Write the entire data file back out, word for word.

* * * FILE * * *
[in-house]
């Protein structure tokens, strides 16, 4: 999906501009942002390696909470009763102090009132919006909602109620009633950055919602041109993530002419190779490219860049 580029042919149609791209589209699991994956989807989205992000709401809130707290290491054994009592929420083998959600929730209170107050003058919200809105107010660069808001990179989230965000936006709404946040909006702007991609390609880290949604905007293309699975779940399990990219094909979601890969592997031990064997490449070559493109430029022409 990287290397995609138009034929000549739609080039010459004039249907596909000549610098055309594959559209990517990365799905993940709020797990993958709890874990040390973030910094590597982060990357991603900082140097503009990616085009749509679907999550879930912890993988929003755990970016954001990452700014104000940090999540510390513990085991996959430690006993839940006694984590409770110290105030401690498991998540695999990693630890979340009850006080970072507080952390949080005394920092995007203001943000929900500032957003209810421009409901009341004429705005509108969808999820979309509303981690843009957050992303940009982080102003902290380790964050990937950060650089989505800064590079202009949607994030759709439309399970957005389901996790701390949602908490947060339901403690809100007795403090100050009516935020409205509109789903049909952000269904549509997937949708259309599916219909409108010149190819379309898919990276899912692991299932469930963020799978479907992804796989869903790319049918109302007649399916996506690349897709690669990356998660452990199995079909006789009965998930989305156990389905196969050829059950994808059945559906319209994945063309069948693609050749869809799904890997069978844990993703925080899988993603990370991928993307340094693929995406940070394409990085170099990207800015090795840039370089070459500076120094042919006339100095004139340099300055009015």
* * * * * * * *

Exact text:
[in-house]
């Protein structure tokens, strides 16, 4: 999906501009942002390696909470009763102090009132919006909602109620009633950055919602041109993530002419190779490219860049 580029042919149609791209589209699991994956989807989205992000709401809130707290290491054994009592929420083998959600929730209170107050003058919200809105107010660069808001990179989230965000936006709404946040909006702007991609390609880290949604905007293309699975779940399990990219094909979601890969592997031990064997490449070559493109430029022409 990287290397995609138009034929000549739609080039010459004039249907596909000549610098055309594959559209990517990365799905993940709020797990993958709890874990040390973030910094590597982060990357991603900082140097503009990616085009749509679907999550879930912890993988929003755990970016954001990452700014104000940090999540510390513990085991996959430690006993839940006694984590409770110290105030401690498991998540695999990693630890979340009850006080970072507080952390949080005394920092995007203001943000929900500032957003209810421009409901009341004429705005509108969808999820979309509303981690843009957050992303940009982080102003902290380790964050990937950060650089989505800064590079202009949607994030759709439309399970957005389901996790701390949602908490947060339901403690809100007795403090100050009516935020409205509109789903049909952000269904549509997937949708259309599916219909409108010149190819379309898919990276899912692991299932469930963020799978479907992804796989869903790319049918109302007649399916996506690349897709690669990356998660452990199995079909006789009965998930989305156990389905196969050829059950994808059945559906319209994945063309069948693609050749869809799904890997069978844990993703925080899988993603990370991928993307340094693929995406940070394409990085170099990207800015090795840039370089070459500076120094042919006339100095004139340099300055009015």